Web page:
Stellar Fingerprints: How Do We Know What Stars Are Made Of? by Lanz Lagman



Stars have fascinated us since we first walked on our legs and discovered how to make flames. These little jewels floating in the sky, so far away that they seem to be beyond our grasp, and forever out of our reach. As the nursery rhyme goes, 

Twinkle, twinkle, little star
How I wonder what you are
Up above the world so high
Like a diamond in the sky
Twinkle, twinkle, little star
How I wonder what you are

For the curious, the most striking line might be, "How I wonder what you are". What are stars anyway, and what are they made of? More importantly, how do we know what they are made of?

Scientists - chemists, especially - determine the composition of particular substances through spectroscopy. It basically involves projecting light towards a sample, then analyzing their interaction by interpreting the resulting spectra.

Wait, what? 

Concepts of quantum mechanics can indeed be hard to understand, and even harder to explain in simple terms. Nature can be tricky to comprehend, as we gaze into it at the smallest of scales. To make things easier, let's break this article up into smaller bits!

The Nature of Light as a Wave

Stars emit light, but we can't scoop star stuff directly. Not only do we lack the technology to go near one, it's also impractical since any instruments would be destroyed once they get close to the surface of a star. This is why we're limited to analyzing the light that comes from them. Fortunately for us, that's quite enough.

First, let's discuss the nature of electromagnetic waves. Light, as it's commonly known, exists in two natures: as a wave, and as a particle (called a photon), at the same time! Weird, right? For most of our discussions, however, let's focus more on light as a wave. Light as a wave, is a combination of electric and magnetic waves - why they're called electromagnetic waves.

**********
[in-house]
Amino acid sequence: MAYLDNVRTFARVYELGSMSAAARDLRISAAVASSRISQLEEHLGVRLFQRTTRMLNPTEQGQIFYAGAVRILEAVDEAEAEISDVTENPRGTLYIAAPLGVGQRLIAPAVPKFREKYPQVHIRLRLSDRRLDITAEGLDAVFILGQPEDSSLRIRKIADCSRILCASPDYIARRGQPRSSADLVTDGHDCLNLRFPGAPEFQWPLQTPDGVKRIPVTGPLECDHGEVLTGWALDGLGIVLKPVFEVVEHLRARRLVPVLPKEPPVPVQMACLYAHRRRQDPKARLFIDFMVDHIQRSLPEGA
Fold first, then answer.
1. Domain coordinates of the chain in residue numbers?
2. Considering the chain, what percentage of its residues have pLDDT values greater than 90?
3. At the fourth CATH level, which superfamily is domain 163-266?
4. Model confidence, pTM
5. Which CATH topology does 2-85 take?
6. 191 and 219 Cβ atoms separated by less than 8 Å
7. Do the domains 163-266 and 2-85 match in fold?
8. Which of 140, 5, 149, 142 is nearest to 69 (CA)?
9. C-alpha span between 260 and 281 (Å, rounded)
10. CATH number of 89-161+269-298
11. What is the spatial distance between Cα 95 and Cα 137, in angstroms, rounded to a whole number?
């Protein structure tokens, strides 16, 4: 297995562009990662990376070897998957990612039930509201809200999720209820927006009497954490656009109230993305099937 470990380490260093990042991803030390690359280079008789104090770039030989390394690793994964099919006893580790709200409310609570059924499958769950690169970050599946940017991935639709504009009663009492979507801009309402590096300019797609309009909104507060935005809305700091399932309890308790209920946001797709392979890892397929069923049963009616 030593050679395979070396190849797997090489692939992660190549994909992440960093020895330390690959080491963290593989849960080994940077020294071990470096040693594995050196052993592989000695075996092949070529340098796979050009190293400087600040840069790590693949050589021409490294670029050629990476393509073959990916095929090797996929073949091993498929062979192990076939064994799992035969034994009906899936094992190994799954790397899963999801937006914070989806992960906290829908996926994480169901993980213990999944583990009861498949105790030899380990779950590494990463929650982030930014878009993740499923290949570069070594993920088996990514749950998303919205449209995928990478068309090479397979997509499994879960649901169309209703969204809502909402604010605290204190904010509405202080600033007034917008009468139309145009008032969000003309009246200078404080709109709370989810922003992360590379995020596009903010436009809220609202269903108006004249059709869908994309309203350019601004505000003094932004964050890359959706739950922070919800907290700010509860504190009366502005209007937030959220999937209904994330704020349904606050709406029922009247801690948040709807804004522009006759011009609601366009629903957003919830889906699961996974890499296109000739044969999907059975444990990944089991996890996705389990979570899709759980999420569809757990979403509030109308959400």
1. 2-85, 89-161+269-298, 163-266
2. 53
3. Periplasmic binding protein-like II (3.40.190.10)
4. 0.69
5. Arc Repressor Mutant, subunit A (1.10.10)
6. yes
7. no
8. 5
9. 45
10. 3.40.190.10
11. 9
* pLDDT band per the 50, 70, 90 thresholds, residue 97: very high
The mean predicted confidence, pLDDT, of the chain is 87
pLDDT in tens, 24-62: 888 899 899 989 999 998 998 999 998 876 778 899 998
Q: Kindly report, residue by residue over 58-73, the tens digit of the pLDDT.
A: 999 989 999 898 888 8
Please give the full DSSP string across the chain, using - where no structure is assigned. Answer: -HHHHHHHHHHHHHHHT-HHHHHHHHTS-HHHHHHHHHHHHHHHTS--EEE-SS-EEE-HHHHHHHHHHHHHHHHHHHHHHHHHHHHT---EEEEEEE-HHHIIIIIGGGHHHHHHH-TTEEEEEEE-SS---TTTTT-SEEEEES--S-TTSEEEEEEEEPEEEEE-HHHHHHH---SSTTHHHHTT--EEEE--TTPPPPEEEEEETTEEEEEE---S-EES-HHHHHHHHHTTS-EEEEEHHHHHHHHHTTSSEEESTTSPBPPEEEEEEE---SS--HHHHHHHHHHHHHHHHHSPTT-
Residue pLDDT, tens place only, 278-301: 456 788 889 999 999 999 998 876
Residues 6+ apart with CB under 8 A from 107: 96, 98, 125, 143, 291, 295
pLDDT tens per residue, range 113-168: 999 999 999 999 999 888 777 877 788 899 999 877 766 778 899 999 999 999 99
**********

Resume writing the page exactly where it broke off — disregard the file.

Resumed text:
This is how an electric wave (red) and a magnetic wave (blue) form the EM wave.
Image credit: NASA

Throughout our discussion, we must keep in mind this fundamental relationship:

The wavelength. 
Image credit: NASA

What can we learn from this relationship? The longer the wavelength, the less energetic the EM wave is. That's simply because the larger the divisor, the smaller the quotient. The opposite happens when the wavelength is shorter. In scientific jargon, the energy of light is inversely proportional to its wavelength. 

What we've learned from this section would prove to be crucial soon. Now, let's discuss light at different wavelengths.

The Electromagnetic Spectrum: Light at Different Wavelengths

The EM wave's energy depends on its wavelength, and as it travels, it loses energy. Thus, its wavelength increases over time and distance from its source. The range of how long a wavelength can be is only constrained by our universe; a wavelength could theoretically be as long as the entire universe, or even shorter than atoms. 

In order to make it easier for us to understand its entirety, we must divide it into parts by various ranges. Now, we'll introduce the electromagnetic spectrum: 

The electromagnetic spectrum.
Image credit: NASA


Our eyes only allow us to see within that very thin section of the spectrum, and hence, wavelengths that are too short or too long won't be detected by our eyes. This range will be called the visible range. Notice how short its range is; it's like having a strip of bacon, but only being allowed a slice thinner than an atom (which really sucks if you're not vegetarian).

Yeah, it's analogous to this situation.
Image credit: Explosm.net
Our discussion however, will proceed and focus mostly on the visible range, since astronomers observe and apply spectroscopy in this specific region when determining the composition of stars.

Hopefully these make things about the EM wave clear. We'll now discuss how they interact with atoms in Part 2 of "Stellar Fingerprints".

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